07:14 april 30, 2022
Pair dedicated owners with a chef with a Michelin-star CV and you have a village pub-restaurant that has quickly become a staple, writes Richard Cawthorne.
Alex Parker’s career began when, just before graduating from hotel school at the age of 18, he walked into the kitchen after eating at Gordon Ramsay’s three-star Michelin restaurant in London and asked for a job. From there the leader of Cheshunt and now living in Bishop’s Stortford moved to Jason Atherton’s City Social, Hibiscus in Mayfair under Claude Bosi and then with Claude at Bibendum in South Kensington, all holders, like Ramsay, of Michelins.
Enter, a few years ago, Debbie and Chas Davis, owners since 1992 of the village pub Rose and Crown in Essendon. They arrived at the historic former coaching inn – built in 1796 – as tenants in 1989 and the owners undertook renovations, the first early and the second with an upscale restaurant launched last August. Covid was a delaying factor for a proper relaunch, but the couple persisted in their search for a suitable leader and eventually found Alex. Their mutual feelings about it are about to be displayed by renaming the restaurant “Alex Parker at the Rose and Crown”.
These restaurant reviews are chosen based on research and word-of-mouth recommendations. Rose and Crown’s story, backed by favorable food reviews, was enough to qualify. The latest refurbishment has seen the pub element faithfully retained while a spacious and modern restaurant extension is themed to bring the outdoors in.
There are 58 covers in the restaurant, 30 in the bar-lounge and 20 in a new outdoor area nearing completion. Three large paintings of the restaurant by artist and family friend Anne Tilby-Jones reflect the outdoor-indoor theme.
The restaurant is bright and airy with plenty of space between tables to relax. The staff are uniformed – always a good sign – and friendly, efficient and expert at explaining each dish as it arrives, and Debbie, who without a trace of self-pity feels she works 17 hours a day, is apparently always available for fun things on.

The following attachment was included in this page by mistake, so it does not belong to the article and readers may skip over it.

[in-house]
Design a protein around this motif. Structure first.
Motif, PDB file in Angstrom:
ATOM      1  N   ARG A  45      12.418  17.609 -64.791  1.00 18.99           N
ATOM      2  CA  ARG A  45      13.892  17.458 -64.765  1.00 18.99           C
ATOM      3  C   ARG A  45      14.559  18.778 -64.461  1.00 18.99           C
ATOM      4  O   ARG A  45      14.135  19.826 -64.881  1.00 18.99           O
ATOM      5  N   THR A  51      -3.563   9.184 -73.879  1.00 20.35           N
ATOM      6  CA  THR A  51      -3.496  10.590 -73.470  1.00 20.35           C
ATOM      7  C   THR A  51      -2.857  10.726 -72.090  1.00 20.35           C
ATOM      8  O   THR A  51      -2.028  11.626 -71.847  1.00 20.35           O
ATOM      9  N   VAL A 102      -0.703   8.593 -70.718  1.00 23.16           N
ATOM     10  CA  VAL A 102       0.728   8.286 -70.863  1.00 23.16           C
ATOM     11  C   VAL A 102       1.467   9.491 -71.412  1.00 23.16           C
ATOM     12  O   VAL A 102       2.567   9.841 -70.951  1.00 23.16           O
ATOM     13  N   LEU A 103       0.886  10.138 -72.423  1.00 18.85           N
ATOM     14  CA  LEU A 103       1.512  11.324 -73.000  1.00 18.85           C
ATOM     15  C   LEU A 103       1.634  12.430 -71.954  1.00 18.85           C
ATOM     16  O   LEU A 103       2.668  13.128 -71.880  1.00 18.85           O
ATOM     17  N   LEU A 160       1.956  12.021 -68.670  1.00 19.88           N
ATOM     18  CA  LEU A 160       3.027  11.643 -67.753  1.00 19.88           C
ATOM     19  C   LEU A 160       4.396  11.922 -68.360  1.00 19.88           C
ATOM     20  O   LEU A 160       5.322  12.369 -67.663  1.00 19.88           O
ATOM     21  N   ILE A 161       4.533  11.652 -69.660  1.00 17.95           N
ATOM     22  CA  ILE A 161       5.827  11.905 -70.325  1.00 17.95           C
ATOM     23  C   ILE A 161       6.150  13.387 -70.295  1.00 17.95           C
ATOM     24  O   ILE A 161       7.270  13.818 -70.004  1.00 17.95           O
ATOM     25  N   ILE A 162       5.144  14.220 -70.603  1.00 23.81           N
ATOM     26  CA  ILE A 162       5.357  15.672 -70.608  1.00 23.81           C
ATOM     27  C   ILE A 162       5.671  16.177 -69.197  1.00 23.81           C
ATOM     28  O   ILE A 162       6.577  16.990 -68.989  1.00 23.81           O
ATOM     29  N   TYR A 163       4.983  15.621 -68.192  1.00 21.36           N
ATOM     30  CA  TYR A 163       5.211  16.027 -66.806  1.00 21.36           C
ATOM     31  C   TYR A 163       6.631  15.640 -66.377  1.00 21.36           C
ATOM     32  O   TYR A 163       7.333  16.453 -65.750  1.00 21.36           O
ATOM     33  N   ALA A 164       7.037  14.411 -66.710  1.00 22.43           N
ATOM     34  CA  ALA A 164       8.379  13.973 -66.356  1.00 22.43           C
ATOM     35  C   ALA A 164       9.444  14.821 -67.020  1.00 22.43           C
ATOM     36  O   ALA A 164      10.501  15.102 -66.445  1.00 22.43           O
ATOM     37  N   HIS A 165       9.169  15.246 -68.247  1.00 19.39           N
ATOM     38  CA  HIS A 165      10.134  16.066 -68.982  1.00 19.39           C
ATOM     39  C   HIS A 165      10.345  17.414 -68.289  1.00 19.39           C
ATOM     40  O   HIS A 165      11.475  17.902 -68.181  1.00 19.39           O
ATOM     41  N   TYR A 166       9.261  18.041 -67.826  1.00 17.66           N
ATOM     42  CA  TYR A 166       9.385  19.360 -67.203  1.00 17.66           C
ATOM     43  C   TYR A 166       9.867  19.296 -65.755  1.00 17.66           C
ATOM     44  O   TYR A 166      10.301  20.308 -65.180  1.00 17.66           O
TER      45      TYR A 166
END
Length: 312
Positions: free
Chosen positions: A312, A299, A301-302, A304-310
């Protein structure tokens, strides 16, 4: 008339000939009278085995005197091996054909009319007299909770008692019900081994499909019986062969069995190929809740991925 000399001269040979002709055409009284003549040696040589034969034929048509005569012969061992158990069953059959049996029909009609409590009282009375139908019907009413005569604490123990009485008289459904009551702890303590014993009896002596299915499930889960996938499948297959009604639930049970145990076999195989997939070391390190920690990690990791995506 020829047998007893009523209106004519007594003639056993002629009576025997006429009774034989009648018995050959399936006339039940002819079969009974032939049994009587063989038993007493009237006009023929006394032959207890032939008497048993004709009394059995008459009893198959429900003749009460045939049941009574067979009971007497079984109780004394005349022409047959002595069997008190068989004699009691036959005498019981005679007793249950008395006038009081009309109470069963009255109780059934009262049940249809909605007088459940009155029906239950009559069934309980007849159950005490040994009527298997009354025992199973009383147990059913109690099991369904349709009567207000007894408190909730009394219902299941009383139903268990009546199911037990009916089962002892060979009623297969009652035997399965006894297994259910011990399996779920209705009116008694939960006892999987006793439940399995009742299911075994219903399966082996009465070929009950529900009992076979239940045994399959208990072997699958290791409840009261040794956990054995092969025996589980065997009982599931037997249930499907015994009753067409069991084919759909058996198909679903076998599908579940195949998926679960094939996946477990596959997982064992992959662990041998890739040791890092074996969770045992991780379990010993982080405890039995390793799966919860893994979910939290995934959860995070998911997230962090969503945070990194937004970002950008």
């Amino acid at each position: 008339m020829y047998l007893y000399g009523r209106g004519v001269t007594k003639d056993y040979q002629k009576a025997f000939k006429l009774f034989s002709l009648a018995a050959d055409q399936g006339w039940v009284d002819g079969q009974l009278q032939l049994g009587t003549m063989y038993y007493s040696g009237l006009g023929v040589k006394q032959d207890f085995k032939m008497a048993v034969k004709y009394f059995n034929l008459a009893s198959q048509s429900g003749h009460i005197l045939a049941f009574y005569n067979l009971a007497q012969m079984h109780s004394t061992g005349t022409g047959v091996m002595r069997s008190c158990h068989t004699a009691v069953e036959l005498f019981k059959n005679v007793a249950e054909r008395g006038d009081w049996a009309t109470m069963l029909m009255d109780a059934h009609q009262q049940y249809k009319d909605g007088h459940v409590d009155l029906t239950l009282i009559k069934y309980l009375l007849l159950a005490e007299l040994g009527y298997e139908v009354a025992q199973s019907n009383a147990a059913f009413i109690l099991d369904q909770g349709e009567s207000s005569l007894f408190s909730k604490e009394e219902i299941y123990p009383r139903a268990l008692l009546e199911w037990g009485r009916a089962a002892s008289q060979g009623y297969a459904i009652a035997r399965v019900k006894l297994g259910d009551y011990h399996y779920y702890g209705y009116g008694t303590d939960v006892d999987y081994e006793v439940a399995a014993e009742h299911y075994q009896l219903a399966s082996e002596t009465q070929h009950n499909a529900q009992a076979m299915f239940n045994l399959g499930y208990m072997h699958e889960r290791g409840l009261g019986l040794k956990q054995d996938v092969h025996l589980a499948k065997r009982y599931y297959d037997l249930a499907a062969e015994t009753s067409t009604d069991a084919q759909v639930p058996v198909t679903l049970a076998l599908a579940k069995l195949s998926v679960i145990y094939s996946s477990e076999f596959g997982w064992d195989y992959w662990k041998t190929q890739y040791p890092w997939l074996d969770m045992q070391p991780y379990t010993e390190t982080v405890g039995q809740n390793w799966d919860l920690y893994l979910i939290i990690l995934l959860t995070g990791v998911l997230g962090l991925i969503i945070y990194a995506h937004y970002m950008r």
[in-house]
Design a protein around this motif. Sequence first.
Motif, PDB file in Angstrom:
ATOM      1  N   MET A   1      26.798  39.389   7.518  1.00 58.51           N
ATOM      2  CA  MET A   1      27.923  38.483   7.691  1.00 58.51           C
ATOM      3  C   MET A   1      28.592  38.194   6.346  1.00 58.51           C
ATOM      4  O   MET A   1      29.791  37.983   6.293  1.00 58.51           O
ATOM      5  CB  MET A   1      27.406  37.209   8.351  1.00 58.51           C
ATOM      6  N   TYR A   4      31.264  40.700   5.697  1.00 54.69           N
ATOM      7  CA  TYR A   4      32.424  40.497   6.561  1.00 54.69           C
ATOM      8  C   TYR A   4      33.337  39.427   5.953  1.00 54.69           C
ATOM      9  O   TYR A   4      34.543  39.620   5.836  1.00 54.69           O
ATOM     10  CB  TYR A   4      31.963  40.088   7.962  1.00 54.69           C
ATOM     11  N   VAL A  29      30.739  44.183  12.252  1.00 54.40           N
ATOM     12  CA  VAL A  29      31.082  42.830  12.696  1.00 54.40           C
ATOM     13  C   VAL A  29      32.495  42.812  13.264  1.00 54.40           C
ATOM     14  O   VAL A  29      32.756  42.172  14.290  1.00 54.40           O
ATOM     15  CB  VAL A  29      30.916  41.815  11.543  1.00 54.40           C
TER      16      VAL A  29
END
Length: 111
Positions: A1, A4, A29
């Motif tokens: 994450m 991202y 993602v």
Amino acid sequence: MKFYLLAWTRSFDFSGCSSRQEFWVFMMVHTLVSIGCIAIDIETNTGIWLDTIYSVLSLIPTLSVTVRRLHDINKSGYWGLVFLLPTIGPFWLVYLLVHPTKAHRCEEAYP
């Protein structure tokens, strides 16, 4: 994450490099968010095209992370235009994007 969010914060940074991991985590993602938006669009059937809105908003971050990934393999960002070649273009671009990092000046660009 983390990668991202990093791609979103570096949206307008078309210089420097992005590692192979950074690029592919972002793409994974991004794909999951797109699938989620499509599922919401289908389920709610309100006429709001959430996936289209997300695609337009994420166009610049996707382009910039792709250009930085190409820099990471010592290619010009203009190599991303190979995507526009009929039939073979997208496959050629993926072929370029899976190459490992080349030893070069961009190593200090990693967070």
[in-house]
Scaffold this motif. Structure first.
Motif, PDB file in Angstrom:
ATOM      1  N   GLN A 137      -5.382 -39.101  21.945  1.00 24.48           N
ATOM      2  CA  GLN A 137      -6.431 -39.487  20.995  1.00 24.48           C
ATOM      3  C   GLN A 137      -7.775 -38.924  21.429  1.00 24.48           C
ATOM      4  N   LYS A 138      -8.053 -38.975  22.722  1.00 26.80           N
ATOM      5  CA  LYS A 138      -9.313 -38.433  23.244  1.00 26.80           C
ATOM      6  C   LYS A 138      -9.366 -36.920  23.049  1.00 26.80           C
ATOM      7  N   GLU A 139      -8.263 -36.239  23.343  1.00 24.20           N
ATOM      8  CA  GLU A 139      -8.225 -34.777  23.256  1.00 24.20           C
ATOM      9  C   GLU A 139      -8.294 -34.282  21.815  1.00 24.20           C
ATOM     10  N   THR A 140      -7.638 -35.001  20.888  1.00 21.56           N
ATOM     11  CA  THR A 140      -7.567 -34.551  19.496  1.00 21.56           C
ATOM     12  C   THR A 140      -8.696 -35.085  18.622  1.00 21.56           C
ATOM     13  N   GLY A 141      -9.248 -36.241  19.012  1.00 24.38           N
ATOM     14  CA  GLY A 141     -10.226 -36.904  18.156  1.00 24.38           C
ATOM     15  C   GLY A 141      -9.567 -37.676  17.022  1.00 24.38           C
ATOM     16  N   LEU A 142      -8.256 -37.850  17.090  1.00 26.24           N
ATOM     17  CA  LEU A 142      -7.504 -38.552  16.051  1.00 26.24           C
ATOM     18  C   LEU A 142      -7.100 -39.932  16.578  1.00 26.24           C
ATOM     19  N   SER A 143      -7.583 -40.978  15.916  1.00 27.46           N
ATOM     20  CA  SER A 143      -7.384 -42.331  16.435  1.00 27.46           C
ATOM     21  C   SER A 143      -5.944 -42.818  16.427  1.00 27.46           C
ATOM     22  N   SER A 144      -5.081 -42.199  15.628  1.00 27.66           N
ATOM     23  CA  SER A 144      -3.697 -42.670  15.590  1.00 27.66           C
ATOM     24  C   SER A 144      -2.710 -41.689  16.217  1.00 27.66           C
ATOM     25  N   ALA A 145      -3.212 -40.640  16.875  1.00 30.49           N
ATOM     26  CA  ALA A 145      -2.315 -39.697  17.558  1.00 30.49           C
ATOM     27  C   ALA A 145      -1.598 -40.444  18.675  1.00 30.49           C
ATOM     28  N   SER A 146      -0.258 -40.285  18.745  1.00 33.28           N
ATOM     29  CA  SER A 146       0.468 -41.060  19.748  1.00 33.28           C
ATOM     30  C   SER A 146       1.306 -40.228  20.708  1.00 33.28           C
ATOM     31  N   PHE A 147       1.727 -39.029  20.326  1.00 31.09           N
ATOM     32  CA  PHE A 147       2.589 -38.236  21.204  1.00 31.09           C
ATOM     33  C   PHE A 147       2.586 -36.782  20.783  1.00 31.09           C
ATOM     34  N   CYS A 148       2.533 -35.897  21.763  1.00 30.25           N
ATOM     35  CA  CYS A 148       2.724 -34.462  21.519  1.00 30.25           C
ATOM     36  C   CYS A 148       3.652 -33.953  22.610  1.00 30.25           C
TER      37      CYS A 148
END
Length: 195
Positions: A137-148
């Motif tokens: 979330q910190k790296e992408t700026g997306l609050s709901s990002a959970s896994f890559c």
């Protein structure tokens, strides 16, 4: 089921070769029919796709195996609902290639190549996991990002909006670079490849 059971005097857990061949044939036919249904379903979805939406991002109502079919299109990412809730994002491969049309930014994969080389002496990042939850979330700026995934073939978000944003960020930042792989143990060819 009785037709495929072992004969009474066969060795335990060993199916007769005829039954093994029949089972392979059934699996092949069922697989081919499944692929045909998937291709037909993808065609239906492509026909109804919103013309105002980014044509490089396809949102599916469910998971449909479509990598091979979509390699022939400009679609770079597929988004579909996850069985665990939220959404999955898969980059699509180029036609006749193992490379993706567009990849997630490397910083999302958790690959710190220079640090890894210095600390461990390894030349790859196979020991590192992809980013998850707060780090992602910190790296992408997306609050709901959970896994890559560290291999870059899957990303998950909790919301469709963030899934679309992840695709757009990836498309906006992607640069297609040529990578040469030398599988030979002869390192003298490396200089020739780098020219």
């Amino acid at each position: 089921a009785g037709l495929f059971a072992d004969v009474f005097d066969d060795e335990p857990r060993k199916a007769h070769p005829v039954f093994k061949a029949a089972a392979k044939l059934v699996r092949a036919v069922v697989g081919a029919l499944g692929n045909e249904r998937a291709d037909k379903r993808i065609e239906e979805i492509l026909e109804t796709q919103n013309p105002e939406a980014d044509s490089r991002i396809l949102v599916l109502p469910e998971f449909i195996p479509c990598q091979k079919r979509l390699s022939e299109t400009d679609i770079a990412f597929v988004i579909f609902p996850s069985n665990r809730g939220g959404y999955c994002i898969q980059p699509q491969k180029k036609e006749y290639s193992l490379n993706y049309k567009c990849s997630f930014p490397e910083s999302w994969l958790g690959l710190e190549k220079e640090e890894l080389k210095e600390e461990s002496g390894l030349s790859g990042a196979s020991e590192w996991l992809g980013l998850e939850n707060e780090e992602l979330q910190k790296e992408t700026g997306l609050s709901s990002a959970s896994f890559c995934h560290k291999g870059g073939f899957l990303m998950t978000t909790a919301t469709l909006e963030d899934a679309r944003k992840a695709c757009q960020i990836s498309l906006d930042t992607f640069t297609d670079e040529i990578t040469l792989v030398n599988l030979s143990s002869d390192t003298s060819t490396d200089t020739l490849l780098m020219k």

The evening menu we visited included five starters averaging £11-14, six mains ranging from £20 for a vegetarian option to £38 for stars, four desserts at around £11 and a cheese platter at £12. The menu was only slightly similar to the website, which is on the list of things to update, and menus change seasonally, so it’s good to check when you book.
Was the food worth the money? Yes. The presentation is reminiscent of the nouvelle cuisine era and the dishes are served on large fashionable plates making them look smaller than they are, but we felt perfectly satisfied and not too stuffed which which is not always a sign of eating less but more the quality of what you eat. As always, check out the fine details to find out how a chef works. Alex mixes nori – the seaweed from you and me – with candied lemon for a dish of smoked salmon, Waldorf salad and brie sauce with lamb sweetbreads, or leeks and bacon with sea bream. Octopus, not your average Herts offering, is on the way.
The first surprise of our meal was the arrival of an amuse-bouche, a gougère or a ball of French choux pastry, filled with parmesan cheese and truffles, not a bad way for the kitchen brigade to introduce themselves. My other half started with the salted salmon (£14), served as three mouth-watering discs with the sides listed above, plus a refreshing side of fennel salad.
I chose mushroom tart (£11) with parmesan cheese and bacon, plus pickled walnuts as a tasty and artistic addition to the side of the plate. Both dishes had a depth of flavor to set up the taste buds for the rest of the meal with a whisper of sweetness for balance.
Main courses were led by a favorite of my fellow reviewer, roast guinea fowl (£26), served with coriander, candied lime, cauliflower and, again exceptionally, curry sauce for a extra spiciness to the meat. It came with a leg side dish with pickled vegetables.
An almost automatic choice for me, the venison loin (£38) was four wholesome slices of perfectly cooked, flavorful meat with squash and red cabbage and a mini cottage pie on the side.
A shared Alaskan baked rhubarb dessert (£12) provided just the right touch of sweetness to end the meal.
Dinner for two at the Rose and Crown, Essendon costs £139.46, including two drinks and service.
The rose and the crown
22 High Road
Essendon AL9 6HW